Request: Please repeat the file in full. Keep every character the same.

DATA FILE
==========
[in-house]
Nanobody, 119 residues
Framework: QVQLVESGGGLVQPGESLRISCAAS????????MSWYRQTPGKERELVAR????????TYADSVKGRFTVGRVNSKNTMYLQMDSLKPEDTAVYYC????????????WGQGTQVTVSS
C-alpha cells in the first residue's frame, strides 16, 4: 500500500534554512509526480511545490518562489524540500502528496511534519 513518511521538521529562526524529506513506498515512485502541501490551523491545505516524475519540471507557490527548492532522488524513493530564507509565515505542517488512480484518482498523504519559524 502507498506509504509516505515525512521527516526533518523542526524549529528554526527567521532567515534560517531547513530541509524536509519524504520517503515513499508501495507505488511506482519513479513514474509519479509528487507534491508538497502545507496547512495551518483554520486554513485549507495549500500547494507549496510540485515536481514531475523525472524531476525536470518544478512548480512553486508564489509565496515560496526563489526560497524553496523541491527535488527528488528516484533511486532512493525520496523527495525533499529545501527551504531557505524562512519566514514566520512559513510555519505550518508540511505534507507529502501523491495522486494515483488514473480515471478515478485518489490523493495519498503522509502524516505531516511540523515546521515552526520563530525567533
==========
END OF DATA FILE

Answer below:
[in-house]
Nanobody, 119 residues
Framework: QVQLVESGGGLVQPGESLRISCAAS????????MSWYRQTPGKERELVAR????????TYADSVKGRFTVGRVNSKNTMYLQMDSLKPEDTAVYYC????????????WGQGTQVTVSS
C-alpha cells in the first residue's frame, strides 16, 4: 500500500534554512509526480511545490518562489524540500502528496511534519 513518511521538521529562526524529506513506498515512485502541501490551523491545505516524475519540471507557490527548492532522488524513493530564507509565515505542517488512480484518482498523504519559524 502507498506509504509516505515525512521527516526533518523542526524549529528554526527567521532567515534560517531547513530541509524536509519524504520517503515513499508501495507505488511506482519513479513514474509519479509528487507534491508538497502545507496547512495551518483554520486554513485549507495549500500547494507549496510540485515536481514531475523525472524531476525536470518544478512548480512553486508564489509565496515560496526563489526560497524553496523541491527535488527528488528516484533511486532512493525520496523527495525533499529545501527551504531557505524562512519566514514566520512559513510555519505550518508540511505534507507529502501523491495522486494515483488514473480515471478515478485518489490523493495519498503522509502524516505531516511540523515546521515552526520563530525567533